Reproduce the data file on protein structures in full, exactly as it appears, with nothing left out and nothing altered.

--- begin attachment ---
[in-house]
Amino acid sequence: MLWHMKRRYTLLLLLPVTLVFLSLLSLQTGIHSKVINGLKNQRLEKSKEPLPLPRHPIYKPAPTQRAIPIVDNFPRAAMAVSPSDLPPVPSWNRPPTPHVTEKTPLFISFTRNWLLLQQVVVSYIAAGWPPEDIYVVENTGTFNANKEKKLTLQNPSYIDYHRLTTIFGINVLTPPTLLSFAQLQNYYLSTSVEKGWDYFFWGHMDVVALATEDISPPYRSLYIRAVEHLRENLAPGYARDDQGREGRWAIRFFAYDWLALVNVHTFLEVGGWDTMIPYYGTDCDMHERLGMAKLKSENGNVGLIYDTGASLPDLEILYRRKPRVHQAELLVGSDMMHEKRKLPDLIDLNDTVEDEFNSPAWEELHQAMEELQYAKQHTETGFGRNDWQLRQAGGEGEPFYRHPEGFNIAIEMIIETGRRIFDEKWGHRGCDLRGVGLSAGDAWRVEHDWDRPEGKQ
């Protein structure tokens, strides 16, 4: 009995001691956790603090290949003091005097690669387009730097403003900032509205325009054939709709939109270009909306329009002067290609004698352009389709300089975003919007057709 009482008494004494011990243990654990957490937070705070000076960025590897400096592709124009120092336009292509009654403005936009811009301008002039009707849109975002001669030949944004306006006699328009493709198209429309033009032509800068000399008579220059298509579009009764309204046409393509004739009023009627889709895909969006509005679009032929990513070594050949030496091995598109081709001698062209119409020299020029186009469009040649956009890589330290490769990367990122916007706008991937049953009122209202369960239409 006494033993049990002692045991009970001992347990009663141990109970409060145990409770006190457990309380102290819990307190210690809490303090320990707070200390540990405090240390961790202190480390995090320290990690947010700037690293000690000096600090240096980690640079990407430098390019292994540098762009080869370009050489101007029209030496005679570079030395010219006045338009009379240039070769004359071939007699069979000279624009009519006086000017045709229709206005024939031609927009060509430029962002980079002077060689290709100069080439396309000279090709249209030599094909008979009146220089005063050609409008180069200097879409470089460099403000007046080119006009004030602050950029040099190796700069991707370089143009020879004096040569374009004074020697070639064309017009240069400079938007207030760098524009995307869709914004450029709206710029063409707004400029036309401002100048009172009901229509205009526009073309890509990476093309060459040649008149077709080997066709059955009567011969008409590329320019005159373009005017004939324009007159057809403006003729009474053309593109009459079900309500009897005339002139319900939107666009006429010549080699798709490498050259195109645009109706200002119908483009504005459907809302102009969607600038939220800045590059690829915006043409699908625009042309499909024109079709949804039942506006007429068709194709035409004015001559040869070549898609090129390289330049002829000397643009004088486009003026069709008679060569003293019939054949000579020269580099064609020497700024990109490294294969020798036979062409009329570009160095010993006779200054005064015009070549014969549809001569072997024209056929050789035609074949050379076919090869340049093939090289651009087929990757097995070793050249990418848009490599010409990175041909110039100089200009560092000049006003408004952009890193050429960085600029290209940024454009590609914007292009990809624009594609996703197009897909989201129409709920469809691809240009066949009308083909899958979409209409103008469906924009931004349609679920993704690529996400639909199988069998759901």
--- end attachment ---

[in-house]
Amino acid sequence: MLWHMKRRYTLLLLLPVTLVFLSLLSLQTGIHSKVINGLKNQRLEKSKEPLPLPRHPIYKPAPTQRAIPIVDNFPRAAMAVSPSDLPPVPSWNRPPTPHVTEKTPLFISFTRNWLLLQQVVVSYIAAGWPPEDIYVVENTGTFNANKEKKLTLQNPSYIDYHRLTTIFGINVLTPPTLLSFAQLQNYYLSTSVEKGWDYFFWGHMDVVALATEDISPPYRSLYIRAVEHLRENLAPGYARDDQGREGRWAIRFFAYDWLALVNVHTFLEVGGWDTMIPYYGTDCDMHERLGMAKLKSENGNVGLIYDTGASLPDLEILYRRKPRVHQAELLVGSDMMHEKRKLPDLIDLNDTVEDEFNSPAWEELHQAMEELQYAKQHTETGFGRNDWQLRQAGGEGEPFYRHPEGFNIAIEMIIETGRRIFDEKWGHRGCDLRGVGLSAGDAWRVEHDWDRPEGKQ
């Protein structure tokens, strides 16, 4: 009995001691956790603090290949003091005097690669387009730097403003900032509205325009054939709709939109270009909306329009002067290609004698352009389709300089975003919007057709 009482008494004494011990243990654990957490937070705070000076960025590897400096592709124009120092336009292509009654403005936009811009301008002039009707849109975002001669030949944004306006006699328009493709198209429309033009032509800068000399008579220059298509579009009764309204046409393509004739009023009627889709895909969006509005679009032929990513070594050949030496091995598109081709001698062209119409020299020029186009469009040649956009890589330290490769990367990122916007706008991937049953009122209202369960239409 006494033993049990002692045991009970001992347990009663141990109970409060145990409770006190457990309380102290819990307190210690809490303090320990707070200390540990405090240390961790202190480390995090320290990690947010700037690293000690000096600090240096980690640079990407430098390019292994540098762009080869370009050489101007029209030496005679570079030395010219006045338009009379240039070769004359071939007699069979000279624009009519006086000017045709229709206005024939031609927009060509430029962002980079002077060689290709100069080439396309000279090709249209030599094909008979009146220089005063050609409008180069200097879409470089460099403000007046080119006009004030602050950029040099190796700069991707370089143009020879004096040569374009004074020697070639064309017009240069400079938007207030760098524009995307869709914004450029709206710029063409707004400029036309401002100048009172009901229509205009526009073309890509990476093309060459040649008149077709080997066709059955009567011969008409590329320019005159373009005017004939324009007159057809403006003729009474053309593109009459079900309500009897005339002139319900939107666009006429010549080699798709490498050259195109645009109706200002119908483009504005459907809302102009969607600038939220800045590059690829915006043409699908625009042309499909024109079709949804039942506006007429068709194709035409004015001559040869070549898609090129390289330049002829000397643009004088486009003026069709008679060569003293019939054949000579020269580099064609020497700024990109490294294969020798036979062409009329570009160095010993006779200054005064015009070549014969549809001569072997024209056929050789035609074949050379076919090869340049093939090289651009087929990757097995070793050249990418848009490599010409990175041909110039100089200009560092000049006003408004952009890193050429960085600029290209940024454009590609914007292009990809624009594609996703197009897909989201129409709920469809691809240009066949009308083909899958979409209409103008469906924009931004349609679920993704690529996400639909199988069998759901």